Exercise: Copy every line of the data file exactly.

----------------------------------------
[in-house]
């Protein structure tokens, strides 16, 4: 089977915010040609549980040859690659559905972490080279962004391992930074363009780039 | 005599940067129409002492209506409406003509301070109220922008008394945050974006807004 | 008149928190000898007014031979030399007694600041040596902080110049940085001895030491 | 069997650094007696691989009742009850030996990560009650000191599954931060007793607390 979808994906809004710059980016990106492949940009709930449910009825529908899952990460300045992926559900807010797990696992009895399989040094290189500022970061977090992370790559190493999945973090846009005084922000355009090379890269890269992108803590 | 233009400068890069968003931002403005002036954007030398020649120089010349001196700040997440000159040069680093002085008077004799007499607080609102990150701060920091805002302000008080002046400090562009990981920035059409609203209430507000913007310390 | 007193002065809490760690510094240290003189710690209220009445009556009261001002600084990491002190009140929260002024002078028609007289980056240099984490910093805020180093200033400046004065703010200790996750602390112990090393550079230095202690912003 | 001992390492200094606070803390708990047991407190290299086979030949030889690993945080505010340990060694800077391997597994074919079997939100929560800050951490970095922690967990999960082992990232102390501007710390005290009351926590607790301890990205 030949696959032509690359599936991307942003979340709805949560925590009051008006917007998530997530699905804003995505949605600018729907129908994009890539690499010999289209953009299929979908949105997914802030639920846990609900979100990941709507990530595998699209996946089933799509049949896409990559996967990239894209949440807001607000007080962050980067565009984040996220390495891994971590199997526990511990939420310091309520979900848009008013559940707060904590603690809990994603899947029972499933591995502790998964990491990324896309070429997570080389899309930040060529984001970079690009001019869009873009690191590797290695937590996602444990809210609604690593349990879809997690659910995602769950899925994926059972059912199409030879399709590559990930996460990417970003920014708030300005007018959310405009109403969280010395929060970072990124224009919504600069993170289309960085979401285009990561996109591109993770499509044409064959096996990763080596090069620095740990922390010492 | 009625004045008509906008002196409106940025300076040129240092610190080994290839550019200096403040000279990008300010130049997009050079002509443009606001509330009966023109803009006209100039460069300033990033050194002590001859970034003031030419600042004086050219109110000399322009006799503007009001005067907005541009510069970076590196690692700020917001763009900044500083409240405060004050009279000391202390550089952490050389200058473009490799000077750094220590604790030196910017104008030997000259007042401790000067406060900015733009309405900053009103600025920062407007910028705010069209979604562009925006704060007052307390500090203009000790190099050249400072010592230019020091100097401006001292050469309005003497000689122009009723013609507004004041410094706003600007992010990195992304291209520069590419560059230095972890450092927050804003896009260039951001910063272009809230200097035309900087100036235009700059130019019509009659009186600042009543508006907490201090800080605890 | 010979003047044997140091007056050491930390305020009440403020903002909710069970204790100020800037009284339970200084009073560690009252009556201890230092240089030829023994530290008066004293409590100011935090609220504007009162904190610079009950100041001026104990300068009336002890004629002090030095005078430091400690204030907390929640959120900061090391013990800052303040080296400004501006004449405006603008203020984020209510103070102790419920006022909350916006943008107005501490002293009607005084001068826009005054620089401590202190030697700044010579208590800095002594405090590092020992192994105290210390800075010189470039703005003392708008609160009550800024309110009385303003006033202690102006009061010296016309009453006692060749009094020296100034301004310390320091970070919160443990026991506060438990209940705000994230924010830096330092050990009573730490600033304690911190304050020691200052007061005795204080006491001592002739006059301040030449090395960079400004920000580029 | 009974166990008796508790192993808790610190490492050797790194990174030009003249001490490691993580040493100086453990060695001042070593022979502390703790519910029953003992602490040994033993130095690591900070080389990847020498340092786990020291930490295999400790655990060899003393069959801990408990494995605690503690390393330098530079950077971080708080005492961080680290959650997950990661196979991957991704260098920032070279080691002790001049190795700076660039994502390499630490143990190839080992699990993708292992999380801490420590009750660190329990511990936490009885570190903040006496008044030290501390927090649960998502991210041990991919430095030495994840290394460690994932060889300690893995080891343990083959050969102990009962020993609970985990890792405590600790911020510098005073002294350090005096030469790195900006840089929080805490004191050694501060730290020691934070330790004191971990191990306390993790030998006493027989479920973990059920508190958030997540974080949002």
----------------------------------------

[in-house]
């Protein structure tokens, strides 16, 4: 089977915010040609549980040859690659559905972490080279962004391992930074363009780039 | 005599940067129409002492209506409406003509301070109220922008008394945050974006807004 | 008149928190000898007014031979030399007694600041040596902080110049940085001895030491 | 069997650094007696691989009742009850030996990560009650000191599954931060007793607390 979808994906809004710059980016990106492949940009709930449910009825529908899952990460300045992926559900807010797990696992009895399989040094290189500022970061977090992370790559190493999945973090846009005084922000355009090379890269890269992108803590 | 233009400068890069968003931002403005002036954007030398020649120089010349001196700040997440000159040069680093002085008077004799007499607080609102990150701060920091805002302000008080002046400090562009990981920035059409609203209430507000913007310390 | 007193002065809490760690510094240290003189710690209220009445009556009261001002600084990491002190009140929260002024002078028609007289980056240099984490910093805020180093200033400046004065703010200790996750602390112990090393550079230095202690912003 | 001992390492200094606070803390708990047991407190290299086979030949030889690993945080505010340990060694800077391997597994074919079997939100929560800050951490970095922690967990999960082992990232102390501007710390005290009351926590607790301890990205 030949696959032509690359599936991307942003979340709805949560925590009051008006917007998530997530699905804003995505949605600018729907129908994009890539690499010999289209953009299929979908949105997914802030639920846990609900979100990941709507990530595998699209996946089933799509049949896409990559996967990239894209949440807001607000007080962050980067565009984040996220390495891994971590199997526990511990939420310091309520979900848009008013559940707060904590603690809990994603899947029972499933591995502790998964990491990324896309070429997570080389899309930040060529984001970079690009001019869009873009690191590797290695937590996602444990809210609604690593349990879809997690659910995602769950899925994926059972059912199409030879399709590559990930996460990417970003920014708030300005007018959310405009109403969280010395929060970072990124224009919504600069993170289309960085979401285009990561996109591109993770499509044409064959096996990763080596090069620095740990922390010492 | 009625004045008509906008002196409106940025300076040129240092610190080994290839550019200096403040000279990008300010130049997009050079002509443009606001509330009966023109803009006209100039460069300033990033050194002590001859970034003031030419600042004086050219109110000399322009006799503007009001005067907005541009510069970076590196690692700020917001763009900044500083409240405060004050009279000391202390550089952490050389200058473009490799000077750094220590604790030196910017104008030997000259007042401790000067406060900015733009309405900053009103600025920062407007910028705010069209979604562009925006704060007052307390500090203009000790190099050249400072010592230019020091100097401006001292050469309005003497000689122009009723013609507004004041410094706003600007992010990195992304291209520069590419560059230095972890450092927050804003896009260039951001910063272009809230200097035309900087100036235009700059130019019509009659009186600042009543508006907490201090800080605890 | 010979003047044997140091007056050491930390305020009440403020903002909710069970204790100020800037009284339970200084009073560690009252009556201890230092240089030829023994530290008066004293409590100011935090609220504007009162904190610079009950100041001026104990300068009336002890004629002090030095005078430091400690204030907390929640959120900061090391013990800052303040080296400004501006004449405006603008203020984020209510103070102790419920006022909350916006943008107005501490002293009607005084001068826009005054620089401590202190030697700044010579208590800095002594405090590092020992192994105290210390800075010189470039703005003392708008609160009550800024309110009385303003006033202690102006009061010296016309009453006692060749009094020296100034301004310390320091970070919160443990026991506060438990209940705000994230924010830096330092050990009573730490600033304690911190304050020691200052007061005795204080006491001592002739006059301040030449090395960079400004920000580029 | 009974166990008796508790192993808790610190490492050797790194990174030009003249001490490691993580040493100086453990060695001042070593022979502390703790519910029953003992602490040994033993130095690591900070080389990847020498340092786990020291930490295999400790655990060899003393069959801990408990494995605690503690390393330098530079950077971080708080005492961080680290959650997950990661196979991957991704260098920032070279080691002790001049190795700076660039994502390499630490143990190839080992699990993708292992999380801490420590009750660190329990511990936490009885570190903040006496008044030290501390927090649960998502991210041990991919430095030495994840290394460690994932060889300690893995080891343990083959050969102990009962020993609970985990890792405590600790911020510098005073002294350090005096030469790195900006840089929080805490004191050694501060730290020691934070330790004191971990191990306390993790030998006493027989479920973990059920508190958030997540974080949002």